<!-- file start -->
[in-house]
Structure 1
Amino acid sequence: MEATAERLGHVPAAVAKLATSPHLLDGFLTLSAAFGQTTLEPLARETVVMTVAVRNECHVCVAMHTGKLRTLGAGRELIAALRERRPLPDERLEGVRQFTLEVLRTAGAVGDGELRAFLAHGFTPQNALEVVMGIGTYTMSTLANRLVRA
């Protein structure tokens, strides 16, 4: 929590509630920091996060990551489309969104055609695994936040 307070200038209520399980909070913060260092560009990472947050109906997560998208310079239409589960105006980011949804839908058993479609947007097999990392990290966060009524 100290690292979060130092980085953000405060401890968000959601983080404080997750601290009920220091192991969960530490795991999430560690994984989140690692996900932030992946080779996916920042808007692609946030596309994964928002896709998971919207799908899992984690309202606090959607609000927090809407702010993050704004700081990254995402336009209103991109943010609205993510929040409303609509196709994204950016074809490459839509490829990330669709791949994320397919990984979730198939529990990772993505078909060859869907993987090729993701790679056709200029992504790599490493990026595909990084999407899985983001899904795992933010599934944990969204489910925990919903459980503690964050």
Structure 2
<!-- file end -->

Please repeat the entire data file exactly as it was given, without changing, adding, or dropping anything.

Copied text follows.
[in-house]
Structure 1
Amino acid sequence: MEATAERLGHVPAAVAKLATSPHLLDGFLTLSAAFGQTTLEPLARETVVMTVAVRNECHVCVAMHTGKLRTLGAGRELIAALRERRPLPDERLEGVRQFTLEVLRTAGAVGDGELRAFLAHGFTPQNALEVVMGIGTYTMSTLANRLVRA
């Protein structure tokens, strides 16, 4: 929590509630920091996060990551489309969104055609695994936040 307070200038209520399980909070913060260092560009990472947050109906997560998208310079239409589960105006980011949804839908058993479609947007097999990392990290966060009524 100290690292979060130092980085953000405060401890968000959601983080404080997750601290009920220091192991969960530490795991999430560690994984989140690692996900932030992946080779996916920042808007692609946030596309994964928002896709998971919207799908899992984690309202606090959607609000927090809407702010993050704004700081990254995402336009209103991109943010609205993510929040409303609509196709994204950016074809490459839509490829990330669709791949994320397919990984979730198939529990990772993505078909060859869907993987090729993701790679056709200029992504790599490493990026595909990084999407899985983001899904795992933010599934944990969204489910925990919903459980503690964050």
Structure 2